$$ \begin{aligned} & \underset{{\mathbf{R}}}{\text{minimize}} & & ||\mathbf{N}^{*} - \mathbf{R} \hat{\mathbf{N}}||^{2}_{F} \\ & \text{subject to} & & \mathbf{R} \mathbf{R}^{\top} = \mathbf{I}, \end{aligned} $$

(11)

where **N**^{∗} and \(\hat {\mathbf {N}}\) are the ground truth and estimated normal maps, respectively. This problem is known as the orthogonal Procrustes problem [12], and the solution method is proposed in [32]. XIONG directly estimates the depth rather than surface normal; therefore, to compare with other methods in the space of surface normal, we compute the normal map from the estimated depth map. Figure 5 shows one of the representative results. From left to right, it shows the ground truth normal map, (a) result of the INSIDE relaxation with boundary conditions, (b) INSIDE relaxation without boundary conditions, (c) P-SFS method, and (d) XIONG method. “(b) - aligned” and “(c) - aligned” are the rotation aligned results of (b) and (c). While the result of (a) is convincing, (b) and (c) are rather far from the ground truth due to that the surface normals are not anchored by boundary conditions, containing the rotation ambiguity. Also, compared with (d), (a) achieves the better estimation.

**Speed and accuracy.** Figure6 summarizes the computation times and accuracies of various methods applied to blob01–blob05 datasets. The *x*- and *y*-axes represent the log-scale processing time and MAE respectively. The mean scores of MAEs are plotted by circle, and their minimum and maximum time/accuracy are indicated by the associated bars. It can be seen that the PIECEWISE method significantly reduces the computation time compared to the INSIDE relaxation with retaining the accuracy. OPEN and BOX relaxations are faster; however, they suffer from inaccuracy due to the loose relaxation. The ORIGINAL method with Lagrangian relaxation shows a good trade-off as we have carefully selected a good set of hyper parameters. The MAE may significantly vary depending on the selection of hyper parameters as discussed earlier. The ITERATIVE method is the most efficient one among them, while MAEs were consistently larger than PIECEWISE, INSIDE, and ORIGINAL methods.

### 4.2 Real-world data

Real-world data contains observations that deviate from the assumed image formation model. Namely, there are two major factors: non-uniform diffuse albedos and non-Lambertian surface reflectances. Due to these unmodelled errors, the brightness [2] and boundary [4] constraints can conflict, resulting in no feasible solutions. For the real-world data experiment, we therefore relax these hard constraints as soft ones as:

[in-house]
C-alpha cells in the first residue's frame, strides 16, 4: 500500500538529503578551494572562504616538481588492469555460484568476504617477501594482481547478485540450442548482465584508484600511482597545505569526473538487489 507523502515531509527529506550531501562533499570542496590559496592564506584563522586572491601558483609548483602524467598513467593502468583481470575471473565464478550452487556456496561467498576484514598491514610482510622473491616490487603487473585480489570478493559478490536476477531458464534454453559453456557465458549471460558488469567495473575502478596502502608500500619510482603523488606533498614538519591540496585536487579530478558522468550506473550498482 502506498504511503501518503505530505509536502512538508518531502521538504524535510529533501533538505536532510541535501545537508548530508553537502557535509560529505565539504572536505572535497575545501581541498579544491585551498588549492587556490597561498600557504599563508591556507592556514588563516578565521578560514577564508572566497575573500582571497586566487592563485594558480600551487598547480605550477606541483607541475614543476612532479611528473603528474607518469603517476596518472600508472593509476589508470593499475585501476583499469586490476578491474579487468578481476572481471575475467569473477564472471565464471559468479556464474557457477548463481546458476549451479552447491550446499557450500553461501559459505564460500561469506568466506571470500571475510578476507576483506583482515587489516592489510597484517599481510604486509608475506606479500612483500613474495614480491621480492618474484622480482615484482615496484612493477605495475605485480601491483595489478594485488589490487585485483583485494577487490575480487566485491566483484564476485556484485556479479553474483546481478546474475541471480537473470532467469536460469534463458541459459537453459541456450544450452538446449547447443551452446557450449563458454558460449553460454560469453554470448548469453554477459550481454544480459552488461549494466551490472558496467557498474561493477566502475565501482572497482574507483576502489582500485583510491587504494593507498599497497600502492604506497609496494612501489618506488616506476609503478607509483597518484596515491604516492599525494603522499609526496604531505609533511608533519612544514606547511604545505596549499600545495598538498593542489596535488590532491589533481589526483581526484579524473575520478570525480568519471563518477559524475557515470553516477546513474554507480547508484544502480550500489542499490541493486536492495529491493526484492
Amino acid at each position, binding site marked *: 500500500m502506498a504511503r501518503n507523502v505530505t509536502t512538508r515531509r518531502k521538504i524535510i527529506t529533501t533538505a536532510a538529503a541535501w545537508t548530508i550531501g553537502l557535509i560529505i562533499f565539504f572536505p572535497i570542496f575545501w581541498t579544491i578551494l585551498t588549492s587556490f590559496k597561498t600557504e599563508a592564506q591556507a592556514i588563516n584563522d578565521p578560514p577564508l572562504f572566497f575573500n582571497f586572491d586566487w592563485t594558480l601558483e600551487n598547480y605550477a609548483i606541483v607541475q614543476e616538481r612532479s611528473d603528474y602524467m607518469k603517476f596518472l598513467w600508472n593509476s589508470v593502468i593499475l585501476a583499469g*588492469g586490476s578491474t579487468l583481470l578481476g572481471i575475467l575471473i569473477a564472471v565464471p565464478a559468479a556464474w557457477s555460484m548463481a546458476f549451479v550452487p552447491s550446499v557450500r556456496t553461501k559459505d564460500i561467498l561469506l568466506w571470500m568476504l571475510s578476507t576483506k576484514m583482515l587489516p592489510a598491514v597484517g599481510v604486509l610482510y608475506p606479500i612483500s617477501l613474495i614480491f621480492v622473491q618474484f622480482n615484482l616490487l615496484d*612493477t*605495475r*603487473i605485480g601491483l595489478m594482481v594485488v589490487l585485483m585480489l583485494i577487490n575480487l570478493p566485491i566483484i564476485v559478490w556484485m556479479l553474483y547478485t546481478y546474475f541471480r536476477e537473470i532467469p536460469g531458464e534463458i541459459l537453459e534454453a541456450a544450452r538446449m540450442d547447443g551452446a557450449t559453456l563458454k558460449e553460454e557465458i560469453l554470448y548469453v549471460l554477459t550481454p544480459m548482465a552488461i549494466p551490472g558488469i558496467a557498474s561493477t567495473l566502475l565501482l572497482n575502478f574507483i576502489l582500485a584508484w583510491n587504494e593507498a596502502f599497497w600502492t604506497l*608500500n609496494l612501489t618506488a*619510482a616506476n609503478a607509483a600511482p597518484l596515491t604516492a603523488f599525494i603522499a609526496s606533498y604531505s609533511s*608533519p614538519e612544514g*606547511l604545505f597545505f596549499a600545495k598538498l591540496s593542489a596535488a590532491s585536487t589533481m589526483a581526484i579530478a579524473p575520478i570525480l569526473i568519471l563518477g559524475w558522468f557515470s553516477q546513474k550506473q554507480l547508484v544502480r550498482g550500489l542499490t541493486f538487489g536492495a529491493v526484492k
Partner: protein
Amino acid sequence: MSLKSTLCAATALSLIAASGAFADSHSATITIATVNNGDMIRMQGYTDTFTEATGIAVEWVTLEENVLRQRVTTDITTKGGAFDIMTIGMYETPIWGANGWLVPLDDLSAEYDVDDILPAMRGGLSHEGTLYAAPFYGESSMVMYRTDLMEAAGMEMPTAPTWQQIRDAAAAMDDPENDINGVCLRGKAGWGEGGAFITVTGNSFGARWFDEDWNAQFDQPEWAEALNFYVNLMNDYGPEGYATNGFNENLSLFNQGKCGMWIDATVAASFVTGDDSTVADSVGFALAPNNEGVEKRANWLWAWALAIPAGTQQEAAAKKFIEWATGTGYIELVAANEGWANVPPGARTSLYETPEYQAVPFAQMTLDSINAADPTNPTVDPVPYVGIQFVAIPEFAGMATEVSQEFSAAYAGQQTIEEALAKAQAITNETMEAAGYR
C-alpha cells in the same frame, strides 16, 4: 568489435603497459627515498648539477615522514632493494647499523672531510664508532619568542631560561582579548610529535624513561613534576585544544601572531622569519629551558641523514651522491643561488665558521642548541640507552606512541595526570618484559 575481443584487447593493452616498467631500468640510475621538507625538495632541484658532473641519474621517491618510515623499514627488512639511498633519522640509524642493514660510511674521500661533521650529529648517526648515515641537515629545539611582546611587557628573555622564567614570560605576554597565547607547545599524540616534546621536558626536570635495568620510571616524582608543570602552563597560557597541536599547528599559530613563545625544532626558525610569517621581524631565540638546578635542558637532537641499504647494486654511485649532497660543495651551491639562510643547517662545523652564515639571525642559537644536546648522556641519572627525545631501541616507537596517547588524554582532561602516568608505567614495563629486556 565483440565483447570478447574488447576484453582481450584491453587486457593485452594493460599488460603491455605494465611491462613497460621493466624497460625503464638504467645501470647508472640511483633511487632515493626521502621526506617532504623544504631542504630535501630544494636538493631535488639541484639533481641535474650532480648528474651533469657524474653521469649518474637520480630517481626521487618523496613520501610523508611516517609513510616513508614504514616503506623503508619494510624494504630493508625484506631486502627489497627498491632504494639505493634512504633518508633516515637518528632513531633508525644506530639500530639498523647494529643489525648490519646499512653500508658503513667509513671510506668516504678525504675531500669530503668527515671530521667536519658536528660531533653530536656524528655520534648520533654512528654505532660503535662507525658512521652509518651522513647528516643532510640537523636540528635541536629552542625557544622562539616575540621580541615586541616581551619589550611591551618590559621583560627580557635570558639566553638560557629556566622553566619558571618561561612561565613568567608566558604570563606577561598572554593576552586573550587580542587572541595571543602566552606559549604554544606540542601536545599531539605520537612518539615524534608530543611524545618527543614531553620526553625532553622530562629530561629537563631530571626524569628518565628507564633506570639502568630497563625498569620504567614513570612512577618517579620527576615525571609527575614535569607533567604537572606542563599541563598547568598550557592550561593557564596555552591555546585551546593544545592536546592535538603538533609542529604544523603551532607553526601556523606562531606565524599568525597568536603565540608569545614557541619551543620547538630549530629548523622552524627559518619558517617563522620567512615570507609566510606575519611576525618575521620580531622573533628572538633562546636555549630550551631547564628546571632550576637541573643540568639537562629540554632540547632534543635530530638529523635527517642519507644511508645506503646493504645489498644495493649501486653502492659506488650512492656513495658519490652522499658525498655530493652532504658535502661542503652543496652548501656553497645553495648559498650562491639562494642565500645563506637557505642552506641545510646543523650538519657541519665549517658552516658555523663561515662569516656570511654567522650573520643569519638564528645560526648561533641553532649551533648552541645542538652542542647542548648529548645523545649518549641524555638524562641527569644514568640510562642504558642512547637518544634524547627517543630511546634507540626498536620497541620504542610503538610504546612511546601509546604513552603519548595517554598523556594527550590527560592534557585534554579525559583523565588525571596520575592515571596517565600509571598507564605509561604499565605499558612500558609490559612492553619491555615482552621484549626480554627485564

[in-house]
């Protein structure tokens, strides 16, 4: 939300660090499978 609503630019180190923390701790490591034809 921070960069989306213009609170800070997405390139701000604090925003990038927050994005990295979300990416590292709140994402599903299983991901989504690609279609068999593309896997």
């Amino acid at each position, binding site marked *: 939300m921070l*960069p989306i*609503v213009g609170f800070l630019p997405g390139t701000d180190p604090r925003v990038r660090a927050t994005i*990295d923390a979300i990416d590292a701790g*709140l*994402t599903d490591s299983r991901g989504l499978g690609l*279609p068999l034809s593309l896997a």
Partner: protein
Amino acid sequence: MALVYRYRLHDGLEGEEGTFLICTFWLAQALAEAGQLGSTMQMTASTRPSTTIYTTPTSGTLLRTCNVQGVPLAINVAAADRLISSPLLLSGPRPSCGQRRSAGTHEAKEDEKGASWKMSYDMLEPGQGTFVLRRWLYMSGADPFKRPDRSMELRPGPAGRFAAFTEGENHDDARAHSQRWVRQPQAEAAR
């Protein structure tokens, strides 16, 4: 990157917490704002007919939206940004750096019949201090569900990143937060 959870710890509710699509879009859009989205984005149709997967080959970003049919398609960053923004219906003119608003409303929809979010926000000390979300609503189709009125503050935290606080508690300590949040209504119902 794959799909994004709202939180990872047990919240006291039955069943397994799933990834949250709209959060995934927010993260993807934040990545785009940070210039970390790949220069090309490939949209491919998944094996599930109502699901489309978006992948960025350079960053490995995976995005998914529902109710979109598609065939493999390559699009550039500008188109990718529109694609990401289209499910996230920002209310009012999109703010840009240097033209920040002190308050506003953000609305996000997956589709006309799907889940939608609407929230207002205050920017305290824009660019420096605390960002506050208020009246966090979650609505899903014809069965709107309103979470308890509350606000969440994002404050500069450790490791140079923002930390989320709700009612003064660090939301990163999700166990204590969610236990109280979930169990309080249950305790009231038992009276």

INSIDE relaxation:

$$ {\begin{aligned} & \underset{{\mathbf{N}}}{\text{minimize}} & & \frac{1}{2} ||\mathbf{N} \mathbf{D}||^{2}_{F} \,+\,\lambda_{1} ||\mathbf{N}\mathbf{F}\,-\,\mathbf{G}||^{2}_{F} + \lambda_{2} ||\mathbf{l}^{\top} \mathbf{N} - \mathbf{m}^{\top}||^{2}_{2} \\ & \text{subject to} & & ||\mathbf{n}_{i}||^{2}_{2} \leq 1, \quad 0 \leq n_{iz},\quad \forall i \in \{1 \ldots p\}. \end{aligned}} $$

BOX relaxation:

$$ {\begin{aligned} & \underset{{\mathbf{N}}}{\text{minimize}} & & \frac{1}{2} ||\mathbf{N} \mathbf{D}||^{2}_{F} \,+\,\lambda_{1} ||\mathbf{N}\mathbf{F}\,-\,\mathbf{G}||^{2}_{F} + \lambda_{2} ||\mathbf{l}^{\top} \mathbf{N} - \mathbf{m}^{\top}||^{2}_{2} \\ & \text{subject to} & & -\!1 \!\leq\! n_{ix}, \!\!\!\!\quad n_{iy} \!\leq\! 1, \!\!\!\!\quad 0 \!\leq\! n_{iz} \!\leq\! 1, \!\!\!\!\quad \forall i \in \{1, \ldots, p\}. \end{aligned}} $$

The results are summarized in Fig. 7. In the figure, “cat” data is from DiLiGenT [33] dataset, in which the ground truth is taken by the laser sensor. We picked up “cat” in DiLiGenT because it is the most Lambertian-like object. For other data, we have obtained the ground truth by a conventional least-squares photometric stereo [39] using 16 light sources. We selected these four objects: “wall-paper,” “coin,” and “logo,” which have diffuse surfaces. From left to right, it shows the estimated surface normal and angular error maps of (a) ORIGINAL with Lagrangian relaxation, (b) INSIDE, (c) BOX, (d) OPEN, (e) PIECEWISE, and (f) ITERATIVE methods. Although the surface details are smoothed out due to the smoothness constraint, overall structures can be better observed by properly accounting for the unit norm constraint with a tight relaxation by (b) compared to the result of (a) and (f). The PIECEWISE method in (e) also yields lower accuracy as well in this case but still producing results closer to the ground truth compared to (a) and (f).

**Discussions on Lagrangian relaxation for the real-world data** We examine Lagrangian relaxations of INSIDE, BOX, and OPEN methods using the real-world data for assessing their capabilities of handling unmodelled errors. The formulations are all convex problems; therefore, the solution does not depend on the initial guess. Here, we discuss the effect of the choice of hyper parameters *λ*_{1} and *λ*_{2}.

We alter the hyper parameters *λ*_{1} and *λ*_{2} and observe the resulting mean angular errors (MAEs). The results using the “cat,” “wall-paper,” “coin,” and “logo” scenes are summarized in Fig. 8, in which the hyper parameters are set to *λ*_{1}=*λ*_{2}=*λ*∈{1,100,10000}.

While this result shows that the choice of hyper parameters has little effect on overall MAEs, it still locally affects surface normal estimates. For example, errors near *ear* and *forefoot* of “cat” are decreased with large hyper parameters in Fig. 9. Because the areas of *ear* and *forefoot* are not smooth, surface normal can be correctly estimated by emphasizing on the brightness and occluding boundary constraints rather than the smoothness constraint.